Friday, 19 July, 2024
HomeMedico-LegalTribunal dismisses Digital Vibes beneficiaries’ bid to avoid scrutiny

Tribunal dismisses Digital Vibes beneficiaries’ bid to avoid scrutiny

The Special Tribunal has dismissed an application by six companies not to be joined in the Special Investigating Unit’s (SIU’s) court bid to recover and set aside the Department of Health’s R150m irregular tender with Digital Vibes, paving the way for the SIU to continue with its case against Mkhize and the companies that allegedly benefited from the tender.

The companies, including All Out Trading, Tusokuhle Farming, Azwakele Trading and Projects, and former Health Minister Zweli Mkhize’s daughter-in-law, Sithokozile Khaliphile Mkhize, had applied to not be added to the SIU’s review application to have the contract declared unlawful, set aside and have the money paid back to the state.

The SIU alleges Mkhize’s family received more than R10m from the Digital Vibes contract to manage the government’s communications on COVID-19 and its National Health Insurance campaign, including a R1.8m payment to state-owned entity Ithala Development Finance Corporation and to Cedar Falls Properties, through Sirela Trading, to finance a farm. The former Minister’s wife, May Mkhize, is sole director of Cedar Falls.

The tribunal ordered that the parties approach the High Court which has jurisdiction over the matter, reports BusinessLIVE.

However, in terms of the law the applicants can appeal the decision in the High Court or the Supreme Court, said tribunal spokesperson Selby Makgotho.

“They will have to file leave (to appeal) and I will not be able to pre-empt their next action but they will be joined to the main review application in the Digital Vibes contract,” Makgotho said.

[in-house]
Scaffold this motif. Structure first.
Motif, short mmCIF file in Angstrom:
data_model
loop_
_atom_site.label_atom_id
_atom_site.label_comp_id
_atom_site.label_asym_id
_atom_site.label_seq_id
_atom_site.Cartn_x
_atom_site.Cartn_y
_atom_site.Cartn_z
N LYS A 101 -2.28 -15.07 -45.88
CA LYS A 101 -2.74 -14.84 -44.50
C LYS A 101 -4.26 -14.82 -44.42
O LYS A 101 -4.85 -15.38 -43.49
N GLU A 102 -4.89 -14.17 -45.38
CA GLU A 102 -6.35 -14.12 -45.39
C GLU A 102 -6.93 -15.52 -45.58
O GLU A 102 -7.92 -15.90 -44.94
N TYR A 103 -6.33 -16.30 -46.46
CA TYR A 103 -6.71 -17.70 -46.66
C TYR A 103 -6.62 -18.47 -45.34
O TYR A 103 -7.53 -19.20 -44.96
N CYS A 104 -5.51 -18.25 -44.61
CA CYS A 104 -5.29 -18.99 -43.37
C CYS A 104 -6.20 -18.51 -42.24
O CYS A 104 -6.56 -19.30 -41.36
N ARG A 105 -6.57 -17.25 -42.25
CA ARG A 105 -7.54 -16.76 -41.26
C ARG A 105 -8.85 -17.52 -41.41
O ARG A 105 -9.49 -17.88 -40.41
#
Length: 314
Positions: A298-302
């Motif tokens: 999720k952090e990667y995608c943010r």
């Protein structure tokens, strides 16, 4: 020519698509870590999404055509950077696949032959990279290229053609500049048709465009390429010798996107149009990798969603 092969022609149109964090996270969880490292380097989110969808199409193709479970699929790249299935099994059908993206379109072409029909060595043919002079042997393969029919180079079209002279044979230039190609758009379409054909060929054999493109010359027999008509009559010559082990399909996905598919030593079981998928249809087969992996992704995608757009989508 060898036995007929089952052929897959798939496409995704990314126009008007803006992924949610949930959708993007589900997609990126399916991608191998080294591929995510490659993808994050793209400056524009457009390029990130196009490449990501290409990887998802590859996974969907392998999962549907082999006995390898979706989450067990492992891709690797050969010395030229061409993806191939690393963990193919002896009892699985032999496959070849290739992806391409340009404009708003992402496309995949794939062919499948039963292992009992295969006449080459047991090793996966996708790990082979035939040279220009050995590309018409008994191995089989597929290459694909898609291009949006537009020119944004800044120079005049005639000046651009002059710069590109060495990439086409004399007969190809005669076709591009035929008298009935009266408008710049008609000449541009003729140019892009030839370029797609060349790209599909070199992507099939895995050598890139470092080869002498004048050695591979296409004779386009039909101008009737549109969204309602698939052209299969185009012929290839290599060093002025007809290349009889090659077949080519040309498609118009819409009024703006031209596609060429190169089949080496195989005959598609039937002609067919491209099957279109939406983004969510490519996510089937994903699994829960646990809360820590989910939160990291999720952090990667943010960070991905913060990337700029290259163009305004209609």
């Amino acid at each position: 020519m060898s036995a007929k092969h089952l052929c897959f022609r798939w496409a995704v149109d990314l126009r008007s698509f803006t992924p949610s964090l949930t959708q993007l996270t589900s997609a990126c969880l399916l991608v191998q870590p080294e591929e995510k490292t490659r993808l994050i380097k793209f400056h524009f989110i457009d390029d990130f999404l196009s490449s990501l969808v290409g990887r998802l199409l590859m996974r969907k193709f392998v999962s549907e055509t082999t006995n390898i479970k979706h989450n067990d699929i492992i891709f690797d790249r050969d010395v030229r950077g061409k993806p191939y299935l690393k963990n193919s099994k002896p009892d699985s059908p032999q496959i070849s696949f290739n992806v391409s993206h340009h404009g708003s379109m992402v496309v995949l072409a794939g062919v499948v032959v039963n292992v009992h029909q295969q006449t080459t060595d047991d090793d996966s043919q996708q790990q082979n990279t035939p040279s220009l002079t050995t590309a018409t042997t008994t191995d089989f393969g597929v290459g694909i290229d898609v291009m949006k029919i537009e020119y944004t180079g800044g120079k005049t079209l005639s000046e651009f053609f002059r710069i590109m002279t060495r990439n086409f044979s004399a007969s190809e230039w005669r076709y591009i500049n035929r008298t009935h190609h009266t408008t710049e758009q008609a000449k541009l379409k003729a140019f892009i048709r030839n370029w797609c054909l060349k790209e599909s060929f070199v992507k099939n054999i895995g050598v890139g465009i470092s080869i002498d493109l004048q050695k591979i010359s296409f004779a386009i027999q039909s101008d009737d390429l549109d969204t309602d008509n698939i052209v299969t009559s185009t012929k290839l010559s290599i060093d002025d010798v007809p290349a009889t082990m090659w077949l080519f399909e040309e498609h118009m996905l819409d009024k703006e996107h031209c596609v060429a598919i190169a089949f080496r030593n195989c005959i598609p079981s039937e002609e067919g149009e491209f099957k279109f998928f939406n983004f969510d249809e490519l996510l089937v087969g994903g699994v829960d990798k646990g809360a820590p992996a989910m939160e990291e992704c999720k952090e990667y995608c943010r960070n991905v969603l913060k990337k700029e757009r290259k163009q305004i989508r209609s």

This case’s outcome is critical for Mkhize’s ambitions leading up to the ANC’s leadership conference in December. He hasn’t publicly declared his intentions, but is expected to contest for the party leadership against Cyril Ramaphosa.

Clearing any corruption allegations before the leadership contest is crucial for Mkhize since the ANC implemented a step-aside rule for any members facing criminal charges or disciplinary proceedings.

The former Minister has taken the SIU report on review to set aside the findings and recommendations.

Meanwhile, a Municipal Infrastructure Support Agent (MISA) employee accused of accepting a R160 000 bribe from Digital Vibes has denied the accusations in the Specialised Commercial Crime Court in Pretoria, saying the money she received was for “healthcare products”.

Lizeka Tonjeni, who is on trial on one count of corruption, was appointed as the project manager of a R3.9m contract MISA awarded to Digital Vibes in 2018, reports News24.

During this time, she received R160 000 from Digital Vibes, which the state alleges was a bribe to further Digital Vibes’ interests.

Lesego Bokaba, assistant director of risk management at MISA, testified that Tonjeni did not have approval to carry out remunerative work outside her workplace and did not disclose that she earned money outside the public entity.

However, Tonjeni's attorney said the MISA CEO was aware that she did work for Digital Vibes and that this was equivalent to disclosure and approval, but Bokaba said the CEO's knowledge could not be considered as approval or a disclosure.

The lawyer also told the court Tonjeni sold healthcare products and that the CEO was one of her clients. He added that Digital Vibes made payments to Tonjeni for health products, and that the money was paid into into her personal bank account because “it was too expensive to maintain a company bank account”.

The trial continues.


News24 article – The money was for health products, says woman accused of taking R160K bribe from Digital Vibes (Open access)


See more from MedicalBrief archives:


Mkhize accuses SIU of delaying Digital Vibes probe


Health Department official resigns over Digital Vibes, colleagues demoted


Demotions ‘a slap on the wrist’ for top officials implicated in Digital Vibes scandal



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